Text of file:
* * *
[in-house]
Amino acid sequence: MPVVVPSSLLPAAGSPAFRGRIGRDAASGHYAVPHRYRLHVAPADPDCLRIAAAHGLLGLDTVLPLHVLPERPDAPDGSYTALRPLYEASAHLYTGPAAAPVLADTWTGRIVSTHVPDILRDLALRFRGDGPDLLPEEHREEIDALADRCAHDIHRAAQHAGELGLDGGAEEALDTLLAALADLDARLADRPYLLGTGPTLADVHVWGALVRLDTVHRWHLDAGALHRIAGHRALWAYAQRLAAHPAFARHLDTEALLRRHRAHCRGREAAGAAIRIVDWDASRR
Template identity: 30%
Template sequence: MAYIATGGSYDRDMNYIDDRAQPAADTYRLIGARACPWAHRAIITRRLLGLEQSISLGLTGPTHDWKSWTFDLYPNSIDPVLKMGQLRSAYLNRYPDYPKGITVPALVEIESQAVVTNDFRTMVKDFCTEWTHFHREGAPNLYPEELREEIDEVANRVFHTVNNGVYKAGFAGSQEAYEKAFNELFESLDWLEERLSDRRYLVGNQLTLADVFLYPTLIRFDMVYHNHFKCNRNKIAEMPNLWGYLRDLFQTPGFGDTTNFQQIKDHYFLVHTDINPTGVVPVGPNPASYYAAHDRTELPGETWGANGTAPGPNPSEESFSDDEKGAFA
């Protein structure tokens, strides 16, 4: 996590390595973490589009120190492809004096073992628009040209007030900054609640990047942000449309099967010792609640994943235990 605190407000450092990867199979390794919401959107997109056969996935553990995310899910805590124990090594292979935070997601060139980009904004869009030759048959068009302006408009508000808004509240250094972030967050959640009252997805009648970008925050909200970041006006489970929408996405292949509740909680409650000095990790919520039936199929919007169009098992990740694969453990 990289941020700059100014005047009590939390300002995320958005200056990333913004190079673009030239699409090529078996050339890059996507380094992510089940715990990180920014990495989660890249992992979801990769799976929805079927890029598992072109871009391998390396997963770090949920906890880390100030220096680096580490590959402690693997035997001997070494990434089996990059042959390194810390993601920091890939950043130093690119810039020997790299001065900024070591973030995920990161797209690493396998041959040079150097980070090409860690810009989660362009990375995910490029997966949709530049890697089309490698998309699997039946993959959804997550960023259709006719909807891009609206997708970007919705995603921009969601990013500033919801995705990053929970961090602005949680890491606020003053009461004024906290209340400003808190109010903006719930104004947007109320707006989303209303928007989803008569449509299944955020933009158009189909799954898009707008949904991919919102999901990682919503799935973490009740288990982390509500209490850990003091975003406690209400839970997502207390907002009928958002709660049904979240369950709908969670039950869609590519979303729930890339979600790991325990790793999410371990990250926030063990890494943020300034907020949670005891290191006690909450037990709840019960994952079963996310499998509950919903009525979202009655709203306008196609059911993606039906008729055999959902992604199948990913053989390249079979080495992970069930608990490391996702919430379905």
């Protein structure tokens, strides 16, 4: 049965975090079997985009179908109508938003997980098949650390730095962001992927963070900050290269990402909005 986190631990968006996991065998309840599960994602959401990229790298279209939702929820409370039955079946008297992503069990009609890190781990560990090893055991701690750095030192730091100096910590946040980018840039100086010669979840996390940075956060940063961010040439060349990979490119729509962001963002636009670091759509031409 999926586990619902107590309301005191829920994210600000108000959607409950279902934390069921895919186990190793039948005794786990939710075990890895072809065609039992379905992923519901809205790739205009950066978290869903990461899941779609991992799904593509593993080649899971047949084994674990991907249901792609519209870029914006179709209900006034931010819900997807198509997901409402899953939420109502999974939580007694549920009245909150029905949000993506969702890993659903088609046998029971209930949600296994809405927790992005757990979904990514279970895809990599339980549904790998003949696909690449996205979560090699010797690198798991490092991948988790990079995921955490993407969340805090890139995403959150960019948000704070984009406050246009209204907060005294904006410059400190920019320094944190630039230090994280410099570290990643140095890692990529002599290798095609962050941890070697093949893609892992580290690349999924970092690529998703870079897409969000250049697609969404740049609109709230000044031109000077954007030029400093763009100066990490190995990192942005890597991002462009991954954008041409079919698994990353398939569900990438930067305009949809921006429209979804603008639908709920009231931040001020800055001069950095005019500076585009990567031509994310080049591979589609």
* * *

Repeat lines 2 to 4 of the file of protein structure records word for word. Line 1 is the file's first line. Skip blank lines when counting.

Amino acid sequence: MPVVVPSSLLPAAGSPAFRGRIGRDAASGHYAVPHRYRLHVAPADPDCLRIAAAHGLLGLDTVLPLHVLPERPDAPDGSYTALRPLYEASAHLYTGPAAAPVLADTWTGRIVSTHVPDILRDLALRFRGDGPDLLPEEHREEIDALADRCAHDIHRAAQHAGELGLDGGAEEALDTLLAALADLDARLADRPYLLGTGPTLADVHVWGALVRLDTVHRWHLDAGALHRIAGHRALWAYAQRLAAHPAFARHLDTEALLRRHRAHCRGREAAGAAIRIVDWDASRR
Template identity: 30%
Template sequence: MAYIATGGSYDRDMNYIDDRAQPAADTYRLIGARACPWAHRAIITRRLLGLEQSISLGLTGPTHDWKSWTFDLYPNSIDPVLKMGQLRSAYLNRYPDYPKGITVPALVEIESQAVVTNDFRTMVKDFCTEWTHFHREGAPNLYPEELREEIDEVANRVFHTVNNGVYKAGFAGSQEAYEKAFNELFESLDWLEERLSDRRYLVGNQLTLADVFLYPTLIRFDMVYHNHFKCNRNKIAEMPNLWGYLRDLFQTPGFGDTTNFQQIKDHYFLVHTDINPTGVVPVGPNPASYYAAHDRTELPGETWGANGTAPGPNPSEESFSDDEKGAFA